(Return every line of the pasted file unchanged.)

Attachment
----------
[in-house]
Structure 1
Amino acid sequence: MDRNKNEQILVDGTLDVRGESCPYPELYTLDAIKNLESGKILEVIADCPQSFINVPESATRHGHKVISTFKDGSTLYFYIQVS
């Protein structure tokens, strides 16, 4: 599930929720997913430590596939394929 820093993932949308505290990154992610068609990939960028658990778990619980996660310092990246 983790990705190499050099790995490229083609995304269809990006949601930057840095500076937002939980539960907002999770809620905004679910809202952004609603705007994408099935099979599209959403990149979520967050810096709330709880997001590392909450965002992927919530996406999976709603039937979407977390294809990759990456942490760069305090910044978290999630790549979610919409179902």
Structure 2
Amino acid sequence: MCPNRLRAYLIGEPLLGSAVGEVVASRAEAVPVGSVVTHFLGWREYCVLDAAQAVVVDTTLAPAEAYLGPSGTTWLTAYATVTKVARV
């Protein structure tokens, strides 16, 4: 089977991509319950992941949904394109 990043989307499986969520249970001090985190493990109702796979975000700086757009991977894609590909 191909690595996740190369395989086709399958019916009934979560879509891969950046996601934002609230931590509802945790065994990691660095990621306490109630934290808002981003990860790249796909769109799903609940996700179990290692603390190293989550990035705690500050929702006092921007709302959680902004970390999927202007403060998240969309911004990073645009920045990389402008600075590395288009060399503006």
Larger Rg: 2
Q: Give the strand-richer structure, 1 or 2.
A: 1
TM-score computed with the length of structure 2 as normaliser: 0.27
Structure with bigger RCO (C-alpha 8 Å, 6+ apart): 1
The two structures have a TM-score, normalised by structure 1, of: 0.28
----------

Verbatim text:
[in-house]
Structure 1
Amino acid sequence: MDRNKNEQILVDGTLDVRGESCPYPELYTLDAIKNLESGKILEVIADCPQSFINVPESATRHGHKVISTFKDGSTLYFYIQVS
């Protein structure tokens, strides 16, 4: 599930929720997913430590596939394929 820093993932949308505290990154992610068609990939960028658990778990619980996660310092990246 983790990705190499050099790995490229083609995304269809990006949601930057840095500076937002939980539960907002999770809620905004679910809202952004609603705007994408099935099979599209959403990149979520967050810096709330709880997001590392909450965002992927919530996406999976709603039937979407977390294809990759990456942490760069305090910044978290999630790549979610919409179902």
Structure 2
Amino acid sequence: MCPNRLRAYLIGEPLLGSAVGEVVASRAEAVPVGSVVTHFLGWREYCVLDAAQAVVVDTTLAPAEAYLGPSGTTWLTAYATVTKVARV
């Protein structure tokens, strides 16, 4: 089977991509319950992941949904394109 990043989307499986969520249970001090985190493990109702796979975000700086757009991977894609590909 191909690595996740190369395989086709399958019916009934979560879509891969950046996601934002609230931590509802945790065994990691660095990621306490109630934290808002981003990860790249796909769109799903609940996700179990290692603390190293989550990035705690500050929702006092921007709302959680902004970390999927202007403060998240969309911004990073645009920045990389402008600075590395288009060399503006």
Larger Rg: 2
Q: Give the strand-richer structure, 1 or 2.
A: 1
TM-score computed with the length of structure 2 as normaliser: 0.27
Structure with bigger RCO (C-alpha 8 Å, 6+ apart): 1
The two structures have a TM-score, normalised by structure 1, of: 0.28